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Marissa Mayer, Mark Zuckerberg Talk Strategy

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TechCrunch's Disrupt Conference yesterday featured intriguing interviews with the CEOs of Yahoo and Facebook.

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Editor's Note: This content was originally published on Benzinga.com by Tim Parker.

At the TechCrunch Disrupt Conference Wednesday, there were two interviews that made for some great online viewing.

Yahoo's (NASDAQ:YHOO) Marissa Mayer and Facebook's (NASDAQ:FB) Mark Zuckerberg were interviewed in separate events. Here are the notable moments from each interview.

After an extremely awkward beginning where the interviewer asked her to autograph her picture in a recent issue of Vogue, Mayer went on to talk about Yahoo's recent logo change. She said that 87% of Yahoo's employees wanted a change and that it hadn't change in 18 years. Going forward, the logo will likely change slightly at regular intervals.

Next, she said that the company receives 12,000 resumes per week-roughly one for every current Yahoo employee. In terms of traffic, the site now receives 800 million active users each month, not counting Tumblr, which receives another 300 million.

Finally, she said that Yahoo is, at its core, is a personalization company. She pointed to the new Yahoo newsfeed as an example.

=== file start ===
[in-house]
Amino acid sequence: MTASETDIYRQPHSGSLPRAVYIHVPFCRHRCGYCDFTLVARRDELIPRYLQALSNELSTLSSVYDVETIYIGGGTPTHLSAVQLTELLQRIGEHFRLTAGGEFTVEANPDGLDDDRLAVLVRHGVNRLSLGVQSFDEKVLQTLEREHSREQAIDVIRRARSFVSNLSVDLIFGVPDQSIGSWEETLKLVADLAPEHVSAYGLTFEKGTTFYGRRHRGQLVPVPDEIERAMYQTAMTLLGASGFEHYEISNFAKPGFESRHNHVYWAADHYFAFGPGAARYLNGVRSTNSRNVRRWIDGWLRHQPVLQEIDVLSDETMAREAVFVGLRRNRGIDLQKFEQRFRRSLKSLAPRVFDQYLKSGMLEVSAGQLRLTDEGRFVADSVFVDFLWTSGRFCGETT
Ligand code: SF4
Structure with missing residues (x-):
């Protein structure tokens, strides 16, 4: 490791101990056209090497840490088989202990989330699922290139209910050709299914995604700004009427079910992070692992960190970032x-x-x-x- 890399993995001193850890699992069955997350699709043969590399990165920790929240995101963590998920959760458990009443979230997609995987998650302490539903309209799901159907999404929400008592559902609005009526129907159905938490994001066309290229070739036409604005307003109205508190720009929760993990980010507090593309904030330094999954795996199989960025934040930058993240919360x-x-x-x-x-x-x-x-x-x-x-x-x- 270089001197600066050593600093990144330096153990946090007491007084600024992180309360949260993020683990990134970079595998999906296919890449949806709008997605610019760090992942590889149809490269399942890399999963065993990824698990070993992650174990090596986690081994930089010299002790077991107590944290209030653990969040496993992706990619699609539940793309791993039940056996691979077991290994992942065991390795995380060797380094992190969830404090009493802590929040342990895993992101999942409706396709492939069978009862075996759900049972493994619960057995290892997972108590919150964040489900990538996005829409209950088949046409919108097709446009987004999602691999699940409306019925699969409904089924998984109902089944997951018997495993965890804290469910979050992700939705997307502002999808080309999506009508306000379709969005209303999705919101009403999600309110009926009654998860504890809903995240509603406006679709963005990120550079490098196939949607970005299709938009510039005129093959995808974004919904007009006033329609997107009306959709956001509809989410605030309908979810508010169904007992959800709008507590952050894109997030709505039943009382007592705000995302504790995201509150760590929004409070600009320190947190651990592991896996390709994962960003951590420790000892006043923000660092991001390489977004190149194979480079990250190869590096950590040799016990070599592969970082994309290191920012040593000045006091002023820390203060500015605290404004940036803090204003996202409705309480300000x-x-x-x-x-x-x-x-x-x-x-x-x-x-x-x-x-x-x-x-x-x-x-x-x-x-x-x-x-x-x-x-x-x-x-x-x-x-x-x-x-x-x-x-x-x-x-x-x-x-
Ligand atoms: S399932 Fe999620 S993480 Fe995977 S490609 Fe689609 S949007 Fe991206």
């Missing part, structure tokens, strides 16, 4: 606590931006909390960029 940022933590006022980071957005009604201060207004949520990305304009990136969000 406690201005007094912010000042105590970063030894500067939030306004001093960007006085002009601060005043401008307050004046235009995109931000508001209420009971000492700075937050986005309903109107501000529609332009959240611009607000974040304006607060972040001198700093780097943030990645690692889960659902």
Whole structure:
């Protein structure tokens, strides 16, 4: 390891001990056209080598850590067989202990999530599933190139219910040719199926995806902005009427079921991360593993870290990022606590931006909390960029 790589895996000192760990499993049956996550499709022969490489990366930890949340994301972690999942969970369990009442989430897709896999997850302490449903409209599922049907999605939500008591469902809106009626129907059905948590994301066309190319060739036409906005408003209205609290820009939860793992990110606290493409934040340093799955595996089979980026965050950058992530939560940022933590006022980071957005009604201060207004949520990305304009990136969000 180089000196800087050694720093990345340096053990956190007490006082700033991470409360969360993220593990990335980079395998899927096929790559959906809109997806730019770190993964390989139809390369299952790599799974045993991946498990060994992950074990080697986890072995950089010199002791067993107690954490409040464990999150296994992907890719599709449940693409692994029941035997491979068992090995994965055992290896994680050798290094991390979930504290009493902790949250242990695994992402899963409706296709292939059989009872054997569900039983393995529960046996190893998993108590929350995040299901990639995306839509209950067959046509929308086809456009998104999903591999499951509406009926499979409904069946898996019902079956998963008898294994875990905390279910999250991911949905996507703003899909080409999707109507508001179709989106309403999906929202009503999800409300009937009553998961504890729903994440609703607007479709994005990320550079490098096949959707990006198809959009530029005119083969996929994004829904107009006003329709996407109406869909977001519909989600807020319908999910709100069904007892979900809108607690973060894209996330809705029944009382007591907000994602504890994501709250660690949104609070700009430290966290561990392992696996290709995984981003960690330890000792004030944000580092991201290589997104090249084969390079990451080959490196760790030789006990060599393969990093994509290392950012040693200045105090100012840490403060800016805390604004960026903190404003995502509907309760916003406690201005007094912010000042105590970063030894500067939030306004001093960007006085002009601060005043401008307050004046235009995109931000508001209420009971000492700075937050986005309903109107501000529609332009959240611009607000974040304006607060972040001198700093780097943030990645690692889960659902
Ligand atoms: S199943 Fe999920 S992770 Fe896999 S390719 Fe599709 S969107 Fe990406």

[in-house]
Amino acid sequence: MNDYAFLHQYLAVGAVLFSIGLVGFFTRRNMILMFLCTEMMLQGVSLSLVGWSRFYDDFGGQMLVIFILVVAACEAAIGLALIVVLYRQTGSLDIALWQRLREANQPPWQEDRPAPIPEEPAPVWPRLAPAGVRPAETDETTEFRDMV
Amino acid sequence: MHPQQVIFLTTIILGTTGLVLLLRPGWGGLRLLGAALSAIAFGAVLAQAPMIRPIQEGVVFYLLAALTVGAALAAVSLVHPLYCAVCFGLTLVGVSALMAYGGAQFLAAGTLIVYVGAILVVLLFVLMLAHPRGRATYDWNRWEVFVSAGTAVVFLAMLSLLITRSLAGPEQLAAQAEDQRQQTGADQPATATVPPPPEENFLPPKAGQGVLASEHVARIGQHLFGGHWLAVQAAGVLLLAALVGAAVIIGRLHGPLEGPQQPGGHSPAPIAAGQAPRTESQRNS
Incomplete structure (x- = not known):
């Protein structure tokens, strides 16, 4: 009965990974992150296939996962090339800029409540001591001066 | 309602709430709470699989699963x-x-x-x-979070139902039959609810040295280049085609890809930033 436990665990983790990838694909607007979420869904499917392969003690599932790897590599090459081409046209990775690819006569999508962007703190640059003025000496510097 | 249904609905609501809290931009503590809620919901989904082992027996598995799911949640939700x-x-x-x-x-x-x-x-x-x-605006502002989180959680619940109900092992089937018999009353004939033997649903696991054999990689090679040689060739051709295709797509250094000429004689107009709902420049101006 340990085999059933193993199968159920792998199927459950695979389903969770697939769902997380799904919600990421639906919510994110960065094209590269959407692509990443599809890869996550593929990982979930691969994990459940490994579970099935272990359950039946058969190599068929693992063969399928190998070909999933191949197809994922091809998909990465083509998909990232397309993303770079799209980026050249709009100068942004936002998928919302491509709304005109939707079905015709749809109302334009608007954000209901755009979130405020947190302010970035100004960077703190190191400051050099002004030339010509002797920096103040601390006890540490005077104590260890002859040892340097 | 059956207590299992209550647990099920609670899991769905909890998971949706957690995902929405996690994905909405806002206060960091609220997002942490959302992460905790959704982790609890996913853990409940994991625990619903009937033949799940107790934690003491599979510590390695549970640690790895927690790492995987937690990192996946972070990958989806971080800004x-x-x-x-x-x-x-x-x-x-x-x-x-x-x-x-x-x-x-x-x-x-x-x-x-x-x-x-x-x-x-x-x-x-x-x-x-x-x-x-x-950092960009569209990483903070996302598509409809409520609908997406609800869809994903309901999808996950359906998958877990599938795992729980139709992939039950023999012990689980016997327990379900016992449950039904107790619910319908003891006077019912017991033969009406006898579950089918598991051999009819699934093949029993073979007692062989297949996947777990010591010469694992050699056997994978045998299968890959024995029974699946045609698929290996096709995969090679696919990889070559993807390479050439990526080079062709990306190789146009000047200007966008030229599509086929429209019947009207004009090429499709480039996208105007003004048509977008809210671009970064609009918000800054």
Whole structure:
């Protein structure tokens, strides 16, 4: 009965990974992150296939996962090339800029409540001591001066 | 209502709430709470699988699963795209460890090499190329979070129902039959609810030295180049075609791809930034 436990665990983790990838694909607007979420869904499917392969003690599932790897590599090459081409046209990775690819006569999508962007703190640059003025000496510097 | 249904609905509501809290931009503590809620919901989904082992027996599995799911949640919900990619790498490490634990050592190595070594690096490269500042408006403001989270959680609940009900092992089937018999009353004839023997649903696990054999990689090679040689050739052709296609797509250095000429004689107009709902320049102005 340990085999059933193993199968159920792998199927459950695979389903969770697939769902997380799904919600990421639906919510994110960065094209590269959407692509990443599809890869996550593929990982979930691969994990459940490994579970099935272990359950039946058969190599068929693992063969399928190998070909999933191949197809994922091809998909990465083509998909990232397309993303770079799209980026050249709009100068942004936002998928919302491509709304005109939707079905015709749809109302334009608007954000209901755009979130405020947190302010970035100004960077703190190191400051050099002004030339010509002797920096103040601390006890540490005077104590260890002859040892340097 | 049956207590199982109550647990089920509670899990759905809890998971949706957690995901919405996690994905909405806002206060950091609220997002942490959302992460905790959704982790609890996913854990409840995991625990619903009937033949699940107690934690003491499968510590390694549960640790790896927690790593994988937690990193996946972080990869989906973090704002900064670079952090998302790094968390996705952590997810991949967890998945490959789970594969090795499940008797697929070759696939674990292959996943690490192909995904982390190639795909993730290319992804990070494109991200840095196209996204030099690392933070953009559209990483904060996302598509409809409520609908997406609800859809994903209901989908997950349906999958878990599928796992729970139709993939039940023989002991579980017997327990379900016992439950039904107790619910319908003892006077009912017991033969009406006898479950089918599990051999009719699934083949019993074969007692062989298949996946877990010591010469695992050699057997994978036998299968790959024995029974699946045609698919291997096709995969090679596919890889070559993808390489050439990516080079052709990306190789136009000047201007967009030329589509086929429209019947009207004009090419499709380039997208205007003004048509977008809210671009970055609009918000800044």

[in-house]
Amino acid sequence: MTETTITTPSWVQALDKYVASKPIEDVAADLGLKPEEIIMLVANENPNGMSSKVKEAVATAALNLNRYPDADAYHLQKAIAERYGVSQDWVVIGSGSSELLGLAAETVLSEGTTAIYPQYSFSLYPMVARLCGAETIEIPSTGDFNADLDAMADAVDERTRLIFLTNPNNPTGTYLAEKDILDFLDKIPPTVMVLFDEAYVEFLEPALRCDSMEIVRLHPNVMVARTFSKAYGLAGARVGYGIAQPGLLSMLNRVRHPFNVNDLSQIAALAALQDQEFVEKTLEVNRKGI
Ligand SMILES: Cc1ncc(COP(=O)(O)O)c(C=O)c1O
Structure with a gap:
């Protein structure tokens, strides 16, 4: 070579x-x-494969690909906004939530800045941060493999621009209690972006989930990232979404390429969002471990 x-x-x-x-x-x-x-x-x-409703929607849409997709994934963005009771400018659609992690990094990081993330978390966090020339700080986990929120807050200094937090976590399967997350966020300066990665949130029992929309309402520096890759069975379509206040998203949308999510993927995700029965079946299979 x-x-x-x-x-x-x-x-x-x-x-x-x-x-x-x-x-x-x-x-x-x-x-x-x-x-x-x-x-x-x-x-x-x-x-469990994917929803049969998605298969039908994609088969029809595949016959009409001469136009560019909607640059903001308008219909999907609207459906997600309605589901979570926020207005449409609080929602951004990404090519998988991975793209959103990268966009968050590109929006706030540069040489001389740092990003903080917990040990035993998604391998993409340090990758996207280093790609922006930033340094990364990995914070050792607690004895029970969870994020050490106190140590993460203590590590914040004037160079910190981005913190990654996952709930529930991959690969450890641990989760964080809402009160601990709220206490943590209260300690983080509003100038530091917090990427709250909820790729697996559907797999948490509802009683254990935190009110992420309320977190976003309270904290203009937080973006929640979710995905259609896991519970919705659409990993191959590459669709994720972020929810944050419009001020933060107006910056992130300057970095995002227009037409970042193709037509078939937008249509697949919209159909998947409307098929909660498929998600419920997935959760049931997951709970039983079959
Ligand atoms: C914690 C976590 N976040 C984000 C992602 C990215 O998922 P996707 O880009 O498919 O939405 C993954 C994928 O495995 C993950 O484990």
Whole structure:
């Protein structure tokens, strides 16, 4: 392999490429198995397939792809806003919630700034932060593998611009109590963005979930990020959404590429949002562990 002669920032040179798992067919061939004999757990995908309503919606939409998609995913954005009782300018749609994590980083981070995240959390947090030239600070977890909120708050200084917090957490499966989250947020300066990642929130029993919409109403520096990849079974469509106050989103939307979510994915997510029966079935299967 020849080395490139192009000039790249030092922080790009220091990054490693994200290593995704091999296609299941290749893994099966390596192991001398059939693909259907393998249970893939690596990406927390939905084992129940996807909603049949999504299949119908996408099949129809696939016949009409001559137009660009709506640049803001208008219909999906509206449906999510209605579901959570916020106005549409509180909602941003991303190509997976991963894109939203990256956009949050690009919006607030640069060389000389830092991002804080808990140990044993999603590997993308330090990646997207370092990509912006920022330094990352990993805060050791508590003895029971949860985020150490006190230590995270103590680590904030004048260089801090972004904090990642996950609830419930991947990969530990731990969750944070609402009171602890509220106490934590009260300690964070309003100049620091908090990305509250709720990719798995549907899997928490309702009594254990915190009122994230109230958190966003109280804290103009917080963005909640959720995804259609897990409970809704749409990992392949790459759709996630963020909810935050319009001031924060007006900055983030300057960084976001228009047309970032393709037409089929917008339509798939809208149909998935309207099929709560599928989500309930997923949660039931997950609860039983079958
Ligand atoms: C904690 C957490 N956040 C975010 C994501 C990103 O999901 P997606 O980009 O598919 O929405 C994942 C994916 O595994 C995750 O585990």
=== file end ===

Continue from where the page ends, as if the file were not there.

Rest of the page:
To view the interview, click here.

Then came Facebook's Mark Zuckerberg, who pointed out that Facebook now has 699 million active daily users and 40% of the company's revenue comes from mobile, compared to almost none not long ago.

Zuckerberg went on to say that although he would like the entire world on Facebook, he knows that it's not realistic. The mission of the company, which has never changed, is to connect the world and to develop tools that help others use social media as a tool just as Facebook has. He pointed to such technologies as the ability for Web authors to allow users to log in using their Facebook account.

In one of the most interesting parts, Zuckerberg spoke about how Facebook has a culture of moving fast. Instead of exhaustive testing, he encourages engineers to roll out and test ideas rapidly in order to receive feedback. If people don't like it, adjustments are made.

Zuckerberg admitted that, "it gets us into tons of trouble" but the company's "done is better than perfect" approach is its strategy for not being late to the market with new innovation.

Finally, he spoke about Internet.org-an initiative, much like Google's (NASDAQ:GOOG), to get everybody connected to the Internet, which he calls, "the modern knowledge economy."

To view Zuckerberg's interview, click here.

Below, find some more great ETF and market content from Benzinga:

Wal-Mart Drops iPhone 5C, iPhone 5S Prices Ahead of Launch

Facebook, Zynga Lead Shrinking Short Interest in Social Media

Carl Icahn Bought More Shares of Apple

Twitter: @Benzinga


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No positions in stocks mentioned.

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